I firmly stand by my story

"Cyber-libel and traditional libel are both used as tactics to silence the news media and prevent them from exposing injustice."

The management of a steel plant in Pampanga is now facing multiple charges after we exposed the alleged abuses and maltreatment of its workers recently. 

As expected, the RSC Real Steel Corporation (RSC) has reportedly filed cyber-libel cases against me, apparently as part of its efforts to whitewash criminal offenses and absolve itself from liability for criminal offenses filed by a group of employees.

At least 14 cases have been filed in court against the RSC management by the San Simon, Pampanga police,  particularly its owner “Irwin Chua,” including five counts for physical injuries, five counts for illegal detention, three counts for grave threats and one count for physical abuse.  

Filing cyber-libel cases has become fashionable in the age of digital journalism and social media, but it is the same as the traditional libel cases used as a tactic to silence the news media in exposing injustices in the interest of the public.

Not quite a few moneyed culprits have used libel/cyber-libel cases as a weapon thus the expression “weaponizing the law” in harassing journalists and their news sources.

We are confident that the Regional 3 Office of the Prosecutor in San Fernando, Pampanga will junk the frivolous cyber-libel cases reportedly filed by the RSC. 

I am standing by my story on the alleged abuses and maltreatment suffered by the 40 or so workers we “rescued” that day from that plant.

That having said, a deeper investigation into the steel factory’s activities may be in order.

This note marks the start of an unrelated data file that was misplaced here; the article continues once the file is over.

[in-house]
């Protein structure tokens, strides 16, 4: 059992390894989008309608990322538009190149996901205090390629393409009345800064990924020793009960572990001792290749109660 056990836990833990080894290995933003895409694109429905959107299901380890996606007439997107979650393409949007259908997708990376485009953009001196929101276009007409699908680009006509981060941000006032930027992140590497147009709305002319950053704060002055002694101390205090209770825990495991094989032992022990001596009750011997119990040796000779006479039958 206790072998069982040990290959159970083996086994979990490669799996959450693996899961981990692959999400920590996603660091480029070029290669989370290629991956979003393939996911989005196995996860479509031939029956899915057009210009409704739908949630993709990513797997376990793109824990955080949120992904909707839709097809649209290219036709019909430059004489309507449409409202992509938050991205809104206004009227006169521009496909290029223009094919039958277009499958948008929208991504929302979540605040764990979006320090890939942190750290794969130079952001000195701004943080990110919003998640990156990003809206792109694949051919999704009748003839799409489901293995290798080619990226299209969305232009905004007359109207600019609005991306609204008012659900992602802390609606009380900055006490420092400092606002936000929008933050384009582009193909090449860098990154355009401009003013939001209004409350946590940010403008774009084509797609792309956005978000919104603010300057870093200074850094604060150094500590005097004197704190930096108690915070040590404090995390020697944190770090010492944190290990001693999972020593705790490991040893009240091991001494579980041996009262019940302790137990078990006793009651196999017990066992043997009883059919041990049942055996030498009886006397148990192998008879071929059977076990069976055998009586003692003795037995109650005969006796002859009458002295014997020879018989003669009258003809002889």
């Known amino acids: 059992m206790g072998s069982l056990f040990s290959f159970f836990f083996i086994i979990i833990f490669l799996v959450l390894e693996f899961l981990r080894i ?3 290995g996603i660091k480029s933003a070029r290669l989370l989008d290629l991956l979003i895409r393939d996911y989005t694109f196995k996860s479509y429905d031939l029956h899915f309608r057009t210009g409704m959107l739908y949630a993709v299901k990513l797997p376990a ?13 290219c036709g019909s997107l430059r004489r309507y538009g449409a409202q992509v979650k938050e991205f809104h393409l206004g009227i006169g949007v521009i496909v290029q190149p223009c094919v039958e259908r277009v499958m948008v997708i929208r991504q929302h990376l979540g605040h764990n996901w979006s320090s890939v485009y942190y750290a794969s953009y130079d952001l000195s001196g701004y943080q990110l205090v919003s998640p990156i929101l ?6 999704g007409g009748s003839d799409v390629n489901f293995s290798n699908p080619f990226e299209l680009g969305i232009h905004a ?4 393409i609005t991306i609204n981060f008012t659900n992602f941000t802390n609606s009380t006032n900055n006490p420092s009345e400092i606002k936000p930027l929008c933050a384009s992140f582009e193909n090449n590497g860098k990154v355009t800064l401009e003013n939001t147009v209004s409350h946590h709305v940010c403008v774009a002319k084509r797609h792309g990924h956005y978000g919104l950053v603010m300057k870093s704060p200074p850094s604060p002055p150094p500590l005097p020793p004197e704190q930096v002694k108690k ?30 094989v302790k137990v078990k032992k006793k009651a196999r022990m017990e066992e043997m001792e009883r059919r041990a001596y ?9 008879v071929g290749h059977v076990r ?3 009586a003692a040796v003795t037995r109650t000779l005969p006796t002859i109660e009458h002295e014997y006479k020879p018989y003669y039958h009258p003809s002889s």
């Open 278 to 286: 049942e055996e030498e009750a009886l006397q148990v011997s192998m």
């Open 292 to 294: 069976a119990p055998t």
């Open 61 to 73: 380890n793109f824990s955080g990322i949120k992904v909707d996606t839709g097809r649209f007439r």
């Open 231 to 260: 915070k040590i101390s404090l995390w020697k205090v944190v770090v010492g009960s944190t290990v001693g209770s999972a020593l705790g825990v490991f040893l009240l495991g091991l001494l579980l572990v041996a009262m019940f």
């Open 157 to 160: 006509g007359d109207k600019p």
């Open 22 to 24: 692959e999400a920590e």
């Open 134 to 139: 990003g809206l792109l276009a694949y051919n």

After learning about the despicable plight of the workers and alleged inhumane treatment they were subjected to, House Representative Eric Yap of the Anti-Crime and Terrorism through Community Involvement and Support (ACT-CIS) Party-list called on the Department of Justice (DOJ) and its attached agency the Bureau of Immigration to look into the status of Irwin Chua, who is believed to be a Chinese national.

I agree with Rep. Yap that we must never allow any Filipino laborer to be treated like a slave in his own country.

Rep. Yap also called on the Bureau of Internal Revenue (BIR) to investigate the tax compliance of the foreign-owned steel manufacturer.


Meanwhile, we welcome the reported filing of complaint of Mr. Melchor Tayag, whose photograph was mistakenly shown in our Facebook live report on the RSC labor issue.

I never mentioned a Melchor Tayag in my story regarding the abusive Chinese owner of the steel plant in Pampanga whose employees had sought my assistance to “rescue” them from arbitrary detention.

Clearly, I identified the RSC plant owner in San Simon as Irwin Chua, not Melchor Tayag.

Mr. Tayag’s family went to my office a few days after I aired the story on my radio-TV program  and on my Facebook page, and informed my staff that one picture we showed that supposedly portrayed Mr. Chua actually showed Mr. Tayag.

The said photograph was given to us by the Human Resource head of the agency supplying manpower to the steel plant.

Upon learning of our error, I immediately made another report clarifying that the man in the picture is not Irwin Chua but Melchor Tayag who has nothing to do with the RSC issue.

On the air, I apologized to former councilman Melchor Tayag of Barangay San Agustin for the unfortunate case of mistaken identity.

Mr. Tayag’s name was never mentioned in the said report, but his photo may inadvertently referred to him as the “cruel Chinese owner of the Real Steel Corporation.”

We have also shown the correct picture showing the subject of complaints, Irwin Chua.

Though motivated to serve the interest of the public, such reckless imprudence by our production  team is simply inexcusable. 

We respect ex-councilman Tayag’s right to seek redress. 

Topics: RSC Real Steel Corporation , Pampanga , cyber-libel cases , Irwin Chua , Bureau of Immigration , Melchor Tayag

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